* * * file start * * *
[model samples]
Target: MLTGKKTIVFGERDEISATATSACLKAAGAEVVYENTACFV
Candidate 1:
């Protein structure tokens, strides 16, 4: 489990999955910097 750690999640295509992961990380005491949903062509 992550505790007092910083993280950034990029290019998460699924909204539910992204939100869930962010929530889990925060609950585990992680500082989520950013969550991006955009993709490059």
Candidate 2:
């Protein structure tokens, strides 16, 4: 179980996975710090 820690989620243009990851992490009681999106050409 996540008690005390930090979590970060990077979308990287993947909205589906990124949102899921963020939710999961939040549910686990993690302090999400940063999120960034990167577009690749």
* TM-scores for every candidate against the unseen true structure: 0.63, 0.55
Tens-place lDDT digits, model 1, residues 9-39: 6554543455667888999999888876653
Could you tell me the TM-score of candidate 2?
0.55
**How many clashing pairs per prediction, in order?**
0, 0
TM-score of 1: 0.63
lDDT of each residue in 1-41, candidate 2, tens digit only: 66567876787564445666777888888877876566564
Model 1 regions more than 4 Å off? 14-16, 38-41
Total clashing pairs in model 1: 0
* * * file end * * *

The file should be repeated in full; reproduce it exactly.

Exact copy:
[model samples]
Target: MLTGKKTIVFGERDEISATATSACLKAAGAEVVYENTACFV
Candidate 1:
């Protein structure tokens, strides 16, 4: 489990999955910097 750690999640295509992961990380005491949903062509 992550505790007092910083993280950034990029290019998460699924909204539910992204939100869930962010929530889990925060609950585990992680500082989520950013969550991006955009993709490059």
Candidate 2:
């Protein structure tokens, strides 16, 4: 179980996975710090 820690989620243009990851992490009681999106050409 996540008690005390930090979590970060990077979308990287993947909205589906990124949102899921963020939710999961939040549910686990993690302090999400940063999120960034990167577009690749």
* TM-scores for every candidate against the unseen true structure: 0.63, 0.55
Tens-place lDDT digits, model 1, residues 9-39: 6554543455667888999999888876653
Could you tell me the TM-score of candidate 2?
0.55
**How many clashing pairs per prediction, in order?**
0, 0
TM-score of 1: 0.63
lDDT of each residue in 1-41, candidate 2, tens digit only: 66567876787564445666777888888877876566564
Model 1 regions more than 4 Å off? 14-16, 38-41
Total clashing pairs in model 1: 0